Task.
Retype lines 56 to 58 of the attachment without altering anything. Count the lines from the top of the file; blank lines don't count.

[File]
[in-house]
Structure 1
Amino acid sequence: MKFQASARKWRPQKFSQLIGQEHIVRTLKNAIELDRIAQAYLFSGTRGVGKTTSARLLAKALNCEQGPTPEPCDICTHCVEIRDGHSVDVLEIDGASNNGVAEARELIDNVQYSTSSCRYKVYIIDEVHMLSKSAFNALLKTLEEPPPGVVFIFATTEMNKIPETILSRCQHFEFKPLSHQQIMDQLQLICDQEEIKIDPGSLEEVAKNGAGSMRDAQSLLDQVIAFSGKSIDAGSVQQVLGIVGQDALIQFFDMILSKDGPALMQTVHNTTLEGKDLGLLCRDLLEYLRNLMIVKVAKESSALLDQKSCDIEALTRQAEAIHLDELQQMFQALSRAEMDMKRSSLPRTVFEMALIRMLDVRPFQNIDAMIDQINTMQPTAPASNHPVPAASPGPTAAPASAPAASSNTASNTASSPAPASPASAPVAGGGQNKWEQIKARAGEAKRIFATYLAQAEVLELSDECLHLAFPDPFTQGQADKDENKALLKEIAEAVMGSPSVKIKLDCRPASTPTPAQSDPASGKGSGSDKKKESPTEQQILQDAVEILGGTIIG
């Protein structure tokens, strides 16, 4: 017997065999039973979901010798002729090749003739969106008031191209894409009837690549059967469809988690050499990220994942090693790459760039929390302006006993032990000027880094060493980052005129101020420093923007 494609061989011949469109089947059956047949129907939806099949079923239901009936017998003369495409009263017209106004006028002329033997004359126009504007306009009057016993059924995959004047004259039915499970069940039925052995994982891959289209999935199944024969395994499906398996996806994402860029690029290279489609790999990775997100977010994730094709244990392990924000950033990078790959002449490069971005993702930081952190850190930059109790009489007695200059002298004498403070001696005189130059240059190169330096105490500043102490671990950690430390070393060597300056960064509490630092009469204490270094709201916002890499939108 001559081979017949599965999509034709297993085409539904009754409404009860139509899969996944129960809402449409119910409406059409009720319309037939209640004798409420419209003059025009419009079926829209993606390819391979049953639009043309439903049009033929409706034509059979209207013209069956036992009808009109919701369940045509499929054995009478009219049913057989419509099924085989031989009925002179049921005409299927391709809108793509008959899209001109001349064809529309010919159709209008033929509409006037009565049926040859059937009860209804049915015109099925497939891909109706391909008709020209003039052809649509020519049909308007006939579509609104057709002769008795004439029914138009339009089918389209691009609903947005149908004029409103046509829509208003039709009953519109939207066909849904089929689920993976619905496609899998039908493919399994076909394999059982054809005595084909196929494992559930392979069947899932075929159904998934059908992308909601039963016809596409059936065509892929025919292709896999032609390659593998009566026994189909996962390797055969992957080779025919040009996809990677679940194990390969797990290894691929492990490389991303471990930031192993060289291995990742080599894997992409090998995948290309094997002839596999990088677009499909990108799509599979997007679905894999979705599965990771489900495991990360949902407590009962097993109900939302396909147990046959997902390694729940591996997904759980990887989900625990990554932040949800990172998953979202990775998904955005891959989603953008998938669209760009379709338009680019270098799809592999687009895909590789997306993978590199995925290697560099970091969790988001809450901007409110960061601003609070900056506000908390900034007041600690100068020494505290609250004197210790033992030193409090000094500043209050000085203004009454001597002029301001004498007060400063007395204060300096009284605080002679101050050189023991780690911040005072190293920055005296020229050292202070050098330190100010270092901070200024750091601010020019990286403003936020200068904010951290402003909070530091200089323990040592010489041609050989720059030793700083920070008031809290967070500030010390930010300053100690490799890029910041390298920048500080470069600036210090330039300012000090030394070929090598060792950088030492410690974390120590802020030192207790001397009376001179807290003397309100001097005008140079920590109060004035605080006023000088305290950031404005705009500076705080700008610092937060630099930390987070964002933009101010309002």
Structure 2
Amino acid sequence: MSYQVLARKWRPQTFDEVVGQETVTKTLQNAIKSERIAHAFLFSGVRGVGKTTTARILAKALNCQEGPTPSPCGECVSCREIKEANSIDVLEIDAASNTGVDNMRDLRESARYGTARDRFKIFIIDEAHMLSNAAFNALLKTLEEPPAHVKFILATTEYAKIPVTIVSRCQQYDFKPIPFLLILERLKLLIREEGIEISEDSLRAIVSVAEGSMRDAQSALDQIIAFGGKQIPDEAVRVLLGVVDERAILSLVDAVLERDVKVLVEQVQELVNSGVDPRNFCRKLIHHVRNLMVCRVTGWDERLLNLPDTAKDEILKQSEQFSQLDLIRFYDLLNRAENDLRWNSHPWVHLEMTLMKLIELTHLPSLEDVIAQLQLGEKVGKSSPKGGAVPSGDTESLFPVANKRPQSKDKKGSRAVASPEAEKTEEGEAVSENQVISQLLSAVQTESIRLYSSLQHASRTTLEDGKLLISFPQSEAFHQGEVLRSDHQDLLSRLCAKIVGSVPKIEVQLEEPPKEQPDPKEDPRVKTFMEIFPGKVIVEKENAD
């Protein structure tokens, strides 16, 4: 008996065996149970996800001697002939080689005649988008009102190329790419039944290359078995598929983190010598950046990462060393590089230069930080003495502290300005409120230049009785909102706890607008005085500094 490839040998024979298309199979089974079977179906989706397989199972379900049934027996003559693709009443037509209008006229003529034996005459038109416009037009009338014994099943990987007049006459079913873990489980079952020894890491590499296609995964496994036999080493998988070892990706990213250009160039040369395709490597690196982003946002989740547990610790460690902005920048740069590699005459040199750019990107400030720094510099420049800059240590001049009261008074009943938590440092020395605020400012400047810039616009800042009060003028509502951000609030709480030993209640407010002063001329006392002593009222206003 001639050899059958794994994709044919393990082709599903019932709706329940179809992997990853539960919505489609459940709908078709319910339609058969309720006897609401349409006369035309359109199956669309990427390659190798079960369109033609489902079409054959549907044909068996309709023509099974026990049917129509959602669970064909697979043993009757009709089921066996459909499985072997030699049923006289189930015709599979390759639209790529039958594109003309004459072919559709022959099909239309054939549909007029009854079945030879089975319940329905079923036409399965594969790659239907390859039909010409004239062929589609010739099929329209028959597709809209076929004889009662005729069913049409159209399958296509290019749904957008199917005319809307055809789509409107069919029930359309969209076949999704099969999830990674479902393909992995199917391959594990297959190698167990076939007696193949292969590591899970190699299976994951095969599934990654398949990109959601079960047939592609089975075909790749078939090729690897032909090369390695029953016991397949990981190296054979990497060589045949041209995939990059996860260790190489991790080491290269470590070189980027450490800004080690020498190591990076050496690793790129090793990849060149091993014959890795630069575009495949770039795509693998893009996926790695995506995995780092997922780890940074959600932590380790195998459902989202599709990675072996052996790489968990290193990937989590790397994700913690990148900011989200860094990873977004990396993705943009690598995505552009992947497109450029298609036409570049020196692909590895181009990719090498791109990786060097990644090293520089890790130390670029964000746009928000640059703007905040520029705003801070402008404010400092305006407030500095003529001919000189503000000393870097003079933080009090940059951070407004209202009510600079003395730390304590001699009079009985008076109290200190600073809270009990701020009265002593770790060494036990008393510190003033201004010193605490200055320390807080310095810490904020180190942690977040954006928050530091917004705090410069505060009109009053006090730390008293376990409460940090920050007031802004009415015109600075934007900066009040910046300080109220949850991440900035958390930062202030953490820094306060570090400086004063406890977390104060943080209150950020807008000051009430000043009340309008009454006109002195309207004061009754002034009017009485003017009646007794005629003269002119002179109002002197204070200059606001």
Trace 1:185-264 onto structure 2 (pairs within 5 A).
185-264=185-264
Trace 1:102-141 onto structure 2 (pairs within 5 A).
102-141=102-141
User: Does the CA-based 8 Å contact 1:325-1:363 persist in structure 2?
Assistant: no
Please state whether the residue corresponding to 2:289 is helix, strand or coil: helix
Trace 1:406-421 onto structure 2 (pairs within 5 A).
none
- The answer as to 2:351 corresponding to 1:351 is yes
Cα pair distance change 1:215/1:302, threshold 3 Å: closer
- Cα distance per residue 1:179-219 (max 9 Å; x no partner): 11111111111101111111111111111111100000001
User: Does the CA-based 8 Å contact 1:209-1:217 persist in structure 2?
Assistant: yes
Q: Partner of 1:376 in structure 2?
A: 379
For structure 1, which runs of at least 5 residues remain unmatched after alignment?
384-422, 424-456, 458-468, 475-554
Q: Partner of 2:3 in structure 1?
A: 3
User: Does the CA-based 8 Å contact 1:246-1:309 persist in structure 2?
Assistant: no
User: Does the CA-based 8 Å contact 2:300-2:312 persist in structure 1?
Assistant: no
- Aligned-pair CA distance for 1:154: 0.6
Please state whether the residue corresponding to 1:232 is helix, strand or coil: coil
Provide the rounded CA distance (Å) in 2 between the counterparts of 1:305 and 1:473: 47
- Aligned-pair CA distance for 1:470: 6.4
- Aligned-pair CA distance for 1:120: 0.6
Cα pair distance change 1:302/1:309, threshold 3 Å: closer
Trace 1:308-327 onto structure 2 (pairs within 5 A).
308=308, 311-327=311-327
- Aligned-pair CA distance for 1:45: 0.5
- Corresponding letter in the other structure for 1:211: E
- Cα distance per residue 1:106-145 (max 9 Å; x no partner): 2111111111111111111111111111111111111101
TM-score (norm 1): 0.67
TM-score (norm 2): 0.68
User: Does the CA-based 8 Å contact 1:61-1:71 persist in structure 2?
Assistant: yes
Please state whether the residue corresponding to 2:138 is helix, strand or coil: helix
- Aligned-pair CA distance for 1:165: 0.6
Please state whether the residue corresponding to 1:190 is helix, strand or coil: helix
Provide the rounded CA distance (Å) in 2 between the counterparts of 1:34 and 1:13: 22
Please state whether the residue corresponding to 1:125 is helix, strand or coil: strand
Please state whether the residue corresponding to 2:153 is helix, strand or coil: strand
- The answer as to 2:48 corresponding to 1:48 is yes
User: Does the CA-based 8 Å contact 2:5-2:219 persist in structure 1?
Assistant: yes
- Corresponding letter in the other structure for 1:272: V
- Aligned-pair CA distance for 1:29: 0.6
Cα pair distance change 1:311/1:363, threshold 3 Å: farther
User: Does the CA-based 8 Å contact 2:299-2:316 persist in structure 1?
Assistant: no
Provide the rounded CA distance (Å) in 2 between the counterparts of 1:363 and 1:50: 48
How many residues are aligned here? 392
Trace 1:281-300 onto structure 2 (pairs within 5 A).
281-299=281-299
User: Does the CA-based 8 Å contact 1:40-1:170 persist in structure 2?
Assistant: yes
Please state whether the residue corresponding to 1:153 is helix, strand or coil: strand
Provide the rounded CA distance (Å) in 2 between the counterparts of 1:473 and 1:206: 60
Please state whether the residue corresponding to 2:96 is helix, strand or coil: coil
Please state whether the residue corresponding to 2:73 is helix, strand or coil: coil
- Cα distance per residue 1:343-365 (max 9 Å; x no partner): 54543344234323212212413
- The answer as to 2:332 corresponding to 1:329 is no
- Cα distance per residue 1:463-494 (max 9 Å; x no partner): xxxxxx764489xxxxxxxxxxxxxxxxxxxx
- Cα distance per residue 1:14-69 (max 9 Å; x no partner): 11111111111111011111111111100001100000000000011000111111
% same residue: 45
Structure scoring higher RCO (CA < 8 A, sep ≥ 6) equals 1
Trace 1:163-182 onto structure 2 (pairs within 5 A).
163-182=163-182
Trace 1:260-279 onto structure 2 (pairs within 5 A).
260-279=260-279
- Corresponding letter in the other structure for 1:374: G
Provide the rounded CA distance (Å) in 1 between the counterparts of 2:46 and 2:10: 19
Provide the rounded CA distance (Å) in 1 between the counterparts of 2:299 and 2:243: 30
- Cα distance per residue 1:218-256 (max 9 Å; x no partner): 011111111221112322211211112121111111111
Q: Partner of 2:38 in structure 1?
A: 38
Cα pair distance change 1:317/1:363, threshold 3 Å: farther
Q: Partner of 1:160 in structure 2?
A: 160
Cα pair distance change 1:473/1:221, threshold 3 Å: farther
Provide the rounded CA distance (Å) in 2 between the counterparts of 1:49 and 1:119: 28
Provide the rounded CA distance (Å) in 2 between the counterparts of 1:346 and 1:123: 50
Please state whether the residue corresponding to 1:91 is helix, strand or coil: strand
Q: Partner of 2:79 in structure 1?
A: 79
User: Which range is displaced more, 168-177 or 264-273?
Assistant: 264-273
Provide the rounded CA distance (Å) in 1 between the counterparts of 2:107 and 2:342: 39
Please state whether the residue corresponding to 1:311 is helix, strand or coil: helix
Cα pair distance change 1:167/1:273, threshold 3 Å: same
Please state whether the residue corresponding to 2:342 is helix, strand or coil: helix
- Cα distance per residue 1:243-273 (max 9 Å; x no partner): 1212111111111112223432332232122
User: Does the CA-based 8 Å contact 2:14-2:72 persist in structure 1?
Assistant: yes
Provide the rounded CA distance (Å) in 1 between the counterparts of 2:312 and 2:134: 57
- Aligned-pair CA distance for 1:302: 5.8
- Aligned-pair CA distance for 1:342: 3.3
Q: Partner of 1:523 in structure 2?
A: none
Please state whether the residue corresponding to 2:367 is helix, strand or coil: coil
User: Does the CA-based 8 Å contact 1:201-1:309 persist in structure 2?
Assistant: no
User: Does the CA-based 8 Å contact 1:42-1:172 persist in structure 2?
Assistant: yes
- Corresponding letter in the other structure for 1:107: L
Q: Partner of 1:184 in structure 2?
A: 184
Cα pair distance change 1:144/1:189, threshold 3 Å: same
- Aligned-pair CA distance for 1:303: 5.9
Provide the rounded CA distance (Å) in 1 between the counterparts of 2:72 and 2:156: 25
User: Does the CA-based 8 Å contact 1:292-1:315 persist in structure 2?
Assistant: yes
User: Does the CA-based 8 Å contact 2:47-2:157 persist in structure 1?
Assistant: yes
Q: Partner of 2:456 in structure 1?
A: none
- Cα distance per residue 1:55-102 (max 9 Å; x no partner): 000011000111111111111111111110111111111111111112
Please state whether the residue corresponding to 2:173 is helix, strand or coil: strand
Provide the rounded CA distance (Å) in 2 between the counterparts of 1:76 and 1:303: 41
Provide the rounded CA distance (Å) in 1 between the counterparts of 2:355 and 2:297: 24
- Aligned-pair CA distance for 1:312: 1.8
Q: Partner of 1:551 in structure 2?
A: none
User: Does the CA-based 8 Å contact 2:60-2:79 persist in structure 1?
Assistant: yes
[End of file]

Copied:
- Corresponding letter in the other structure for 1:272: V
- Aligned-pair CA distance for 1:29: 0.6
Cα pair distance change 1:311/1:363, threshold 3 Å: farther